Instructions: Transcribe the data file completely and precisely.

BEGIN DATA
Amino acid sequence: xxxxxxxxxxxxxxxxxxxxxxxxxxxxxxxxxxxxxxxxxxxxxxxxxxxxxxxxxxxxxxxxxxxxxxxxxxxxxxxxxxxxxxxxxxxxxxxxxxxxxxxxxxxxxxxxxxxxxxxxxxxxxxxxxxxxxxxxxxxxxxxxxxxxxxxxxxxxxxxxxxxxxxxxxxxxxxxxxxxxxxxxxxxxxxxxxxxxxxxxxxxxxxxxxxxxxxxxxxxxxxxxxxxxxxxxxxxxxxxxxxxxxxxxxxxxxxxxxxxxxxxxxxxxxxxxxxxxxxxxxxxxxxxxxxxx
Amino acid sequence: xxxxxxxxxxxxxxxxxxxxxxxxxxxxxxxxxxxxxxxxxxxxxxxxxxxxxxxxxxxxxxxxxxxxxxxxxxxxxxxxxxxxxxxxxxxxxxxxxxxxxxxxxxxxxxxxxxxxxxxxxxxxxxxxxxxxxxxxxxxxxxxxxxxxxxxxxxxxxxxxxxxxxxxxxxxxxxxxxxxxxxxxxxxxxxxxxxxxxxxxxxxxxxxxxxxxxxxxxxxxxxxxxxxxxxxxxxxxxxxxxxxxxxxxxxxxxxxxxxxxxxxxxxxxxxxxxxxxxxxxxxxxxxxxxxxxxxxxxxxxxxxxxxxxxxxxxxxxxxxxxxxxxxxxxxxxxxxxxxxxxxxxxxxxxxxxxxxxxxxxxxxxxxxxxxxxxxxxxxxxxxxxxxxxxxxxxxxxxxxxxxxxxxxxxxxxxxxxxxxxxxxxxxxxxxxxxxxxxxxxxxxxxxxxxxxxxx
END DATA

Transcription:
Amino acid sequence: xxxxxxxxxxxxxxxxxxxxxxxxxxxxxxxxxxxxxxxxxxxxxxxxxxxxxxxxxxxxxxxxxxxxxxxxxxxxxxxxxxxxxxxxxxxxxxxxxxxxxxxxxxxxxxxxxxxxxxxxxxxxxxxxxxxxxxxxxxxxxxxxxxxxxxxxxxxxxxxxxxxxxxxxxxxxxxxxxxxxxxxxxxxxxxxxxxxxxxxxxxxxxxxxxxxxxxxxxxxxxxxxxxxxxxxxxxxxxxxxxxxxxxxxxxxxxxxxxxxxxxxxxxxxxxxxxxxxxxxxxxxxxxxxxxxx
Amino acid sequence: xxxxxxxxxxxxxxxxxxxxxxxxxxxxxxxxxxxxxxxxxxxxxxxxxxxxxxxxxxxxxxxxxxxxxxxxxxxxxxxxxxxxxxxxxxxxxxxxxxxxxxxxxxxxxxxxxxxxxxxxxxxxxxxxxxxxxxxxxxxxxxxxxxxxxxxxxxxxxxxxxxxxxxxxxxxxxxxxxxxxxxxxxxxxxxxxxxxxxxxxxxxxxxxxxxxxxxxxxxxxxxxxxxxxxxxxxxxxxxxxxxxxxxxxxxxxxxxxxxxxxxxxxxxxxxxxxxxxxxxxxxxxxxxxxxxxxxxxxxxxxxxxxxxxxxxxxxxxxxxxxxxxxxxxxxxxxxxxxxxxxxxxxxxxxxxxxxxxxxxxxxxxxxxxxxxxxxxxxxxxxxxxxxxxxxxxxxxxxxxxxxxxxxxxxxxxxxxxxxxxxxxxxxxxxxxxxxxxxxxxxxxxxxxxxxxxxx